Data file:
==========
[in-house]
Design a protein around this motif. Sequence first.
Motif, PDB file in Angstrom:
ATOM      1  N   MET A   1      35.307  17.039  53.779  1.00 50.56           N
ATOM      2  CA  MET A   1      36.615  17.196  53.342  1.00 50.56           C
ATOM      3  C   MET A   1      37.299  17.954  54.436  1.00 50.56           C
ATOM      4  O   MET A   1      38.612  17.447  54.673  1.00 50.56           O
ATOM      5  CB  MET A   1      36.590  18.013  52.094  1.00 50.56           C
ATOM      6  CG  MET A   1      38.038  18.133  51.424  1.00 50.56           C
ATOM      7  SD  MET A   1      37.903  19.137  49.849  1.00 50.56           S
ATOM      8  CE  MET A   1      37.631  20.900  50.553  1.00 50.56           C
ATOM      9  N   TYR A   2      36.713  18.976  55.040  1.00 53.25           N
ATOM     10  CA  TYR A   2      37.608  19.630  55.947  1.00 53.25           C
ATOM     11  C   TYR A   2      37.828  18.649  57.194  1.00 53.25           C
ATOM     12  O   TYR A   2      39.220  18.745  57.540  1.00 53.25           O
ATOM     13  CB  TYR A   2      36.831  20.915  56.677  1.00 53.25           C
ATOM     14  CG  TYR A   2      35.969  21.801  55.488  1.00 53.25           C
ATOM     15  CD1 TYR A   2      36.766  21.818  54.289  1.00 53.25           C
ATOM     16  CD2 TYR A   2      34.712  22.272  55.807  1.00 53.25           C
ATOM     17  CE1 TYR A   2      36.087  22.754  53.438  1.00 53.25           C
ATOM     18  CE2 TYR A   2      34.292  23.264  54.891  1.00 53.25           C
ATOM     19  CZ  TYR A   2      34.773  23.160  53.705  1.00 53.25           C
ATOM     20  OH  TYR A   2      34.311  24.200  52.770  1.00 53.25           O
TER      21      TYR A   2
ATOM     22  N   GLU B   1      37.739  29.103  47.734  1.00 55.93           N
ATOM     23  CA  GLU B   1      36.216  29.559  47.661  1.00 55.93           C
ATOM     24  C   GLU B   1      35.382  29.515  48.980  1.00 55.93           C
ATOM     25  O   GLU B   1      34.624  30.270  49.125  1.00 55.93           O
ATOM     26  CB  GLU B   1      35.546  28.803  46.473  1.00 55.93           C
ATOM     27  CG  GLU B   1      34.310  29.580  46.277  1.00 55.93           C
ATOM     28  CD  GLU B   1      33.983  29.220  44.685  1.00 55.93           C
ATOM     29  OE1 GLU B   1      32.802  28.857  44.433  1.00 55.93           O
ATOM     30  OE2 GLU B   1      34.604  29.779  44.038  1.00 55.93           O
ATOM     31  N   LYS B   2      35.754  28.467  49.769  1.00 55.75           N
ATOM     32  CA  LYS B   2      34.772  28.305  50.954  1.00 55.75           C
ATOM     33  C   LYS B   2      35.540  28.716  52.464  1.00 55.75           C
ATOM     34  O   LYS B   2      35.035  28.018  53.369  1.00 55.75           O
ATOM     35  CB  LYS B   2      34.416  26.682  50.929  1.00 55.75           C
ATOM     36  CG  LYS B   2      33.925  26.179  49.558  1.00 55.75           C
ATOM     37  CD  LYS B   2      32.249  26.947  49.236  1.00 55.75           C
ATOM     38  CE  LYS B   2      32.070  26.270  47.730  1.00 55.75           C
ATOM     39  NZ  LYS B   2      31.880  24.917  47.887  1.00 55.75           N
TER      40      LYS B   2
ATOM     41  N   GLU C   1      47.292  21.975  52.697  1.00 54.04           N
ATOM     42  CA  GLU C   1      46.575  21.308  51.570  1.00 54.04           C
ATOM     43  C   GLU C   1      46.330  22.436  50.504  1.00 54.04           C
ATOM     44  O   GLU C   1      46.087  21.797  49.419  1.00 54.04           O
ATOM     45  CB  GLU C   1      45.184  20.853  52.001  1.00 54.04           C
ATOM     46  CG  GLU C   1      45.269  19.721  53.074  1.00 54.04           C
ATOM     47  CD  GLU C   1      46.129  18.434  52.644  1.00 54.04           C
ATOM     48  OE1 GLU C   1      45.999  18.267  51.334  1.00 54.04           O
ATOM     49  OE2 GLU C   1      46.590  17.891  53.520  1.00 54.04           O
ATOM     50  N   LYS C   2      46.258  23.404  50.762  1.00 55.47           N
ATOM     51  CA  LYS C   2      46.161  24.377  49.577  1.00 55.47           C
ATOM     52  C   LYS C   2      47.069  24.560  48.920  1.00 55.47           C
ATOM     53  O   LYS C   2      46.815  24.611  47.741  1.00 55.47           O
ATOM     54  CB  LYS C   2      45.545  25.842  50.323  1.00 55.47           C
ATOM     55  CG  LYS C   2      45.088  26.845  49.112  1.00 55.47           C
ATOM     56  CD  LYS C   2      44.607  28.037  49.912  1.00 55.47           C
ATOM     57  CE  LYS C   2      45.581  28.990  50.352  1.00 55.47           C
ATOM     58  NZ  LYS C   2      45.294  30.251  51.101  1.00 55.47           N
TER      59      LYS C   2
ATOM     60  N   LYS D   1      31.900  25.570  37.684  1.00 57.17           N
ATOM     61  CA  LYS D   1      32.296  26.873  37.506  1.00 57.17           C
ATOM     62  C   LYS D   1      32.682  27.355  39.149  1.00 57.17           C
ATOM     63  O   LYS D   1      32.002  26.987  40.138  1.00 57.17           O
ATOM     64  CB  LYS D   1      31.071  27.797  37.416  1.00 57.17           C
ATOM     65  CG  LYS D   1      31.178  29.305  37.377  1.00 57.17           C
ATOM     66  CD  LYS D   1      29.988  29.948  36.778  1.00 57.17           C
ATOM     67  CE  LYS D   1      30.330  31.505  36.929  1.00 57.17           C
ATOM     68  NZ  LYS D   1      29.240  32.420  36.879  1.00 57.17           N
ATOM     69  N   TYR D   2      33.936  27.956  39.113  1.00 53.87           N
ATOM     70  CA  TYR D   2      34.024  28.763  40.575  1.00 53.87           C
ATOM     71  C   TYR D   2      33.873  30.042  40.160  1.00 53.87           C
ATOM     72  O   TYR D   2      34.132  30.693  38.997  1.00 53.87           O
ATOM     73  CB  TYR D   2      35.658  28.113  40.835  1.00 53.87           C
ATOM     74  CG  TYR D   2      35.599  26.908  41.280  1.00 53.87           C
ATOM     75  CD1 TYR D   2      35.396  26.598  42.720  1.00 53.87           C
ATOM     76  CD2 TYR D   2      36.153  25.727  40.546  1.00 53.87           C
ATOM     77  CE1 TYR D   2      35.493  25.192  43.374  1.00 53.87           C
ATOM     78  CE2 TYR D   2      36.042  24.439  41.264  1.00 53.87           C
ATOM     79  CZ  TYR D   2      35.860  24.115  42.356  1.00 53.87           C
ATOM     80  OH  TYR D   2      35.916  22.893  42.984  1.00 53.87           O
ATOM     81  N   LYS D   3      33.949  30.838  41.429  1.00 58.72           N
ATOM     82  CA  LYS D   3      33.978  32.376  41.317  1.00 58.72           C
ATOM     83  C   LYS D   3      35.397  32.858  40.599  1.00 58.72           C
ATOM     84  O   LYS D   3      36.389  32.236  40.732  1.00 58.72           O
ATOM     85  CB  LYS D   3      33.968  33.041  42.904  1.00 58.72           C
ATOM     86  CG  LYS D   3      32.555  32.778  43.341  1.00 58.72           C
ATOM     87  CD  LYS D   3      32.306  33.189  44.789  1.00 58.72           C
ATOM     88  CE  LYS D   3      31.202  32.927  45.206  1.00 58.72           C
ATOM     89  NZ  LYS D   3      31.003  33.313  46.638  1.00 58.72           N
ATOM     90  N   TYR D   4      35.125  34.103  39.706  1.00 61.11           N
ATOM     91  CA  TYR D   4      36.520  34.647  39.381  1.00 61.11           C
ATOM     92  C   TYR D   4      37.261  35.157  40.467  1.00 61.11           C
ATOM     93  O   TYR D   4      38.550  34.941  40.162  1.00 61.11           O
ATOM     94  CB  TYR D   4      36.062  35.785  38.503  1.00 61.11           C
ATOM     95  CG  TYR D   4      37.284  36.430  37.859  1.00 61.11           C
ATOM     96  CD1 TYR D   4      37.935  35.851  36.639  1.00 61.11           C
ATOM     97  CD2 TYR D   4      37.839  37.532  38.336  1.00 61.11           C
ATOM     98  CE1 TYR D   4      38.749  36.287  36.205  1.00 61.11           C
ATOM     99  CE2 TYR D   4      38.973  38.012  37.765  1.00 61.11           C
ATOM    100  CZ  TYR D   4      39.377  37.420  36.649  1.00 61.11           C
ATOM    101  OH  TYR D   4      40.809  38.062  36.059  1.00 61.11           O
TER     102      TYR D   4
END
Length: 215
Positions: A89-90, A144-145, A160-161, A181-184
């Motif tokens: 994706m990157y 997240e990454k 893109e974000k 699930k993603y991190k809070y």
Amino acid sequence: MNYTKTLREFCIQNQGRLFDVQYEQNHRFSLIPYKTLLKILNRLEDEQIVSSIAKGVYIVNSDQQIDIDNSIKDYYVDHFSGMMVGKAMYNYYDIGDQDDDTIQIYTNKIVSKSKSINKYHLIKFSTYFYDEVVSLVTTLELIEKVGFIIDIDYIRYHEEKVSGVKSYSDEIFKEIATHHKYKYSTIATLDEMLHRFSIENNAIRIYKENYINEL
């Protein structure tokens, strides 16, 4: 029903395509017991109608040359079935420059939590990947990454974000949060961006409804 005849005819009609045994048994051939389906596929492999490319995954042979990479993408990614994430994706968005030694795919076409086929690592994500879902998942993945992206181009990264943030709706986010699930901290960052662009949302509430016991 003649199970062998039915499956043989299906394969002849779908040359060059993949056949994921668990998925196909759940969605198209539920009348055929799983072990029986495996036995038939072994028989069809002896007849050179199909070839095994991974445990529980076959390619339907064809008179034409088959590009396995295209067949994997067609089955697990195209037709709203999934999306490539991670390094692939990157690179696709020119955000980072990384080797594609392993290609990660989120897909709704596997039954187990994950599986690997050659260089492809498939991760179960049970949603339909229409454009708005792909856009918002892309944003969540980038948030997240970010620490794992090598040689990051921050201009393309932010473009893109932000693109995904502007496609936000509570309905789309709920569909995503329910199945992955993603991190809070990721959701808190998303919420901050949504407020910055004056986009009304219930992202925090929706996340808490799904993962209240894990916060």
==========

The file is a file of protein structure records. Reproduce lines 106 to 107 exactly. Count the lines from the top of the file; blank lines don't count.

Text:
END
Length: 215